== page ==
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I have never thought about it, really. Just followed the advice of more experienced reefers. But I will admit that your anology makes perfect sense. Bottom line I would say is: poop is poop, it's what doesn't get converted to poop that causes troubles.
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Old 08-01-2014, 11:21 PM   #3
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I just read a good article where it was noted all nutritious foods have phosphates. Part of the cellular process. But my thinking is still that flake foods and pellets have a role in my husbandry when I had avoided them for years. It's about getting the maximum nutritional value for the volume of food and it's inherent phosphate content.


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Old 08-02-2014, 12:03 AM   #4
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That's an excellent analogy!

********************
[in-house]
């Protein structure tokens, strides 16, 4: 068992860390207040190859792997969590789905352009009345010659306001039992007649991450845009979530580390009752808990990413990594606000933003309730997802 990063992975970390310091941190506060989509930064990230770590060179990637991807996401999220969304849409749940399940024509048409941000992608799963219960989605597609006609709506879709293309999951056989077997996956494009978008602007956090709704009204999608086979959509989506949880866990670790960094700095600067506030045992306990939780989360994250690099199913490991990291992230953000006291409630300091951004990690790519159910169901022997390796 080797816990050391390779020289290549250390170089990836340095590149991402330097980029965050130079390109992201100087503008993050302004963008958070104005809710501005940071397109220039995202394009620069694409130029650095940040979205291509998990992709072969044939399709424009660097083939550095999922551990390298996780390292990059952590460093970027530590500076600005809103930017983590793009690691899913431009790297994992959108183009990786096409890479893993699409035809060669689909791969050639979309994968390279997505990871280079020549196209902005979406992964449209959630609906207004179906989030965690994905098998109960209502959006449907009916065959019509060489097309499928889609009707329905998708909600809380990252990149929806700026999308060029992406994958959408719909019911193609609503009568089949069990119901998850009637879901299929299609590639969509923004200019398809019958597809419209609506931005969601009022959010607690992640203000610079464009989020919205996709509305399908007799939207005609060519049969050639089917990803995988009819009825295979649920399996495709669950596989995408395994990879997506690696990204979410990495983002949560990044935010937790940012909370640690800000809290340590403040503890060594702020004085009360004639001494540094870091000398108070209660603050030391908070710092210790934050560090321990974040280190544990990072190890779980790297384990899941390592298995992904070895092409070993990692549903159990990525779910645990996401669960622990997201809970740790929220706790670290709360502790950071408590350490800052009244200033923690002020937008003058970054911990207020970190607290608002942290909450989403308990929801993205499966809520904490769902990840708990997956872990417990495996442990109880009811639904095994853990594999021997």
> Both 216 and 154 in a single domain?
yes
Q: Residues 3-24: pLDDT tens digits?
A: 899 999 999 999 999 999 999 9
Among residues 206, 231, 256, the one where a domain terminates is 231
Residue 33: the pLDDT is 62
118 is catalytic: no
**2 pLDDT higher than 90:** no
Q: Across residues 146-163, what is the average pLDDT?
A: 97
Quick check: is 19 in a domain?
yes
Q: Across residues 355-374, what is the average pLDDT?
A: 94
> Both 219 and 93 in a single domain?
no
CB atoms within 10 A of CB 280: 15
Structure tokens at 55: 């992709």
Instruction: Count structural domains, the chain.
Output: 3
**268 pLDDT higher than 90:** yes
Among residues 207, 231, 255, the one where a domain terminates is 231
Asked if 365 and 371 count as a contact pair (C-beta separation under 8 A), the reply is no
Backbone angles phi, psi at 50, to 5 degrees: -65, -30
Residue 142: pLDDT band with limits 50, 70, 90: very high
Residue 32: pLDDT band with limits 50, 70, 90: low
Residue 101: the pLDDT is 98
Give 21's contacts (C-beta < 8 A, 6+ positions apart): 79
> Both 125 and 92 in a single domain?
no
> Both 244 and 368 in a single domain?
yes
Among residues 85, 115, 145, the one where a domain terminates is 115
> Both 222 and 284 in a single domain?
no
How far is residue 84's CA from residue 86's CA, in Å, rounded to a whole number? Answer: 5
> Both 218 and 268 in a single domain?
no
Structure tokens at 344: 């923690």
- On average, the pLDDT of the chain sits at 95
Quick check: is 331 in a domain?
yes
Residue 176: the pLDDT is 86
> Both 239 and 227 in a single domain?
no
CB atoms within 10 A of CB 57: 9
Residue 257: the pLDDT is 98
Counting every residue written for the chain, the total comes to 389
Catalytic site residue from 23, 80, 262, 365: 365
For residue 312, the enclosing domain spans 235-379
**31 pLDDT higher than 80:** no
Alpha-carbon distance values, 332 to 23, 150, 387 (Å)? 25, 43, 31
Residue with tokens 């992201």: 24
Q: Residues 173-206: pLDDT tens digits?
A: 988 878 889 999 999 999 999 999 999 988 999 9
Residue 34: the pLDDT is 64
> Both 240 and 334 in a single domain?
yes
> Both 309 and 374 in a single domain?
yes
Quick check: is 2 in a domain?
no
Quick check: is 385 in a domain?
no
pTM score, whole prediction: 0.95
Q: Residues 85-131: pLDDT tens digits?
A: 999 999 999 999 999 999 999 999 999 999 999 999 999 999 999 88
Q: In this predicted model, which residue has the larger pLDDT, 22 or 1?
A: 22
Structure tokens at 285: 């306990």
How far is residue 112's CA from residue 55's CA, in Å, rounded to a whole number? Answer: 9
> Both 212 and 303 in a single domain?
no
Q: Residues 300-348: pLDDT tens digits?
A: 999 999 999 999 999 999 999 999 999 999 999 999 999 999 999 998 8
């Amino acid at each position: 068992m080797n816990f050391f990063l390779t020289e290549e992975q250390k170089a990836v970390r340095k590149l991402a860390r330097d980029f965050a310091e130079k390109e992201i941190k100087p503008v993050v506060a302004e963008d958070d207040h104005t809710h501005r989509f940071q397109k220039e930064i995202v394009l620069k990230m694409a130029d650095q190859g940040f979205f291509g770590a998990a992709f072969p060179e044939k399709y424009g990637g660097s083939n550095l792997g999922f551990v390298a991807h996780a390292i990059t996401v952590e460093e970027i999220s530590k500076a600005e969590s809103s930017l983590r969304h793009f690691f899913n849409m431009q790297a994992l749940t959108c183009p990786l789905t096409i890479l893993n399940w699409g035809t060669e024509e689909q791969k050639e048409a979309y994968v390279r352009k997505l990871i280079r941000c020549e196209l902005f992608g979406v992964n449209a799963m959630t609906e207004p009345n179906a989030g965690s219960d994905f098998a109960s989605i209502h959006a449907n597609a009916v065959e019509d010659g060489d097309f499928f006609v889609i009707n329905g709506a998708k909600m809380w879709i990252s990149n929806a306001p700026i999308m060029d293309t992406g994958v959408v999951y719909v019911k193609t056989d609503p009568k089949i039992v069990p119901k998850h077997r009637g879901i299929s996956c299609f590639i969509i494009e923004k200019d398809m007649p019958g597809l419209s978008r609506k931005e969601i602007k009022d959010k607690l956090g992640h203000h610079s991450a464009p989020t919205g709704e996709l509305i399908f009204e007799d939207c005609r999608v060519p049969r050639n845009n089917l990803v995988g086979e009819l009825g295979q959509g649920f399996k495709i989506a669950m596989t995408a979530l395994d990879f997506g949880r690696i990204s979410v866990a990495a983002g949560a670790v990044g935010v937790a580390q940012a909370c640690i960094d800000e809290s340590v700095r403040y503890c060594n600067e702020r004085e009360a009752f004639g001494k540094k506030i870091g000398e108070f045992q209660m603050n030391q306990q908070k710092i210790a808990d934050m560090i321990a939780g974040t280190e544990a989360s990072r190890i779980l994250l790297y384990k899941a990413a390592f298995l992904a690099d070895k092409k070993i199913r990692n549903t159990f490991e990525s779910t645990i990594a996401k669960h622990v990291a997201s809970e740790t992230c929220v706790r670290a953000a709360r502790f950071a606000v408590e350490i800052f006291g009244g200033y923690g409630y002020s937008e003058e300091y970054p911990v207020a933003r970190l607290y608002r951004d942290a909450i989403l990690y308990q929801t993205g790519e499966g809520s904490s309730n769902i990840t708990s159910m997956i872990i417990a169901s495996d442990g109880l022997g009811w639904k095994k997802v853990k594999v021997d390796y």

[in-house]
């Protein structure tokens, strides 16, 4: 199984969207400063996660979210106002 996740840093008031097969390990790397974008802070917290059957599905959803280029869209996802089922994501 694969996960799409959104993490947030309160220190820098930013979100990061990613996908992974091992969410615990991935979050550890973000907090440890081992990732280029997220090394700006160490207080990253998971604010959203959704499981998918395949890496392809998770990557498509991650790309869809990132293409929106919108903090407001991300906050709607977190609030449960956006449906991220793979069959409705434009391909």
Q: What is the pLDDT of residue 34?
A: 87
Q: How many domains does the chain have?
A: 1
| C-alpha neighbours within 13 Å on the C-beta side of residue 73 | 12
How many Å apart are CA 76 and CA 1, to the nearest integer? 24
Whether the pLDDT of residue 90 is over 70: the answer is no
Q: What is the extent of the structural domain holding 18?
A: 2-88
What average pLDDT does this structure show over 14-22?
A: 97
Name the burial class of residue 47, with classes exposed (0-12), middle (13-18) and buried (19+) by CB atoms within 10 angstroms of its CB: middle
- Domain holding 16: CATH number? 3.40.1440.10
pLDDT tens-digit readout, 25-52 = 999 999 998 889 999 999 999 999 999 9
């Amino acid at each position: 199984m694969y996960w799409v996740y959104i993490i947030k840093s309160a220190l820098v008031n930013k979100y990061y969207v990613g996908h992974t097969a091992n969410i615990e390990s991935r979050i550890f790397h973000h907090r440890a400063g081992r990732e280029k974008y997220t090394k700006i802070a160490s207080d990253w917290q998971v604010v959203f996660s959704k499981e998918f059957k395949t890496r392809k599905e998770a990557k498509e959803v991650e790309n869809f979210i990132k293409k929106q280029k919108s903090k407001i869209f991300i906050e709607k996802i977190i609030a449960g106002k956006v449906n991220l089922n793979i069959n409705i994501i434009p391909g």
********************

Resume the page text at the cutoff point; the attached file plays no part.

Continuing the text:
I do think it's a combo of quality, quantity, and placement.

Back to the mammalian analogy ... When I fed my cats food with chicken by product meal and higher carbohydrates, they ate a lot, pooped a lot, the box was super stinky, and they got a little chubby with lots of plaque. When I fed them food without byproducts, and stuck with kitten food (higher protein and fat, less carbohydrate) ... They ate less, pooped less, the box didn't stink as much, and they were super lean with clean mouths.

Our LFS recommended cobalt, and there didn't seem to be much waste because the flakes don't really deteriorate. But NLS is a bit higher quality, and the tank was cleaner with it even though the .5mm pellets "scatter" a lot more.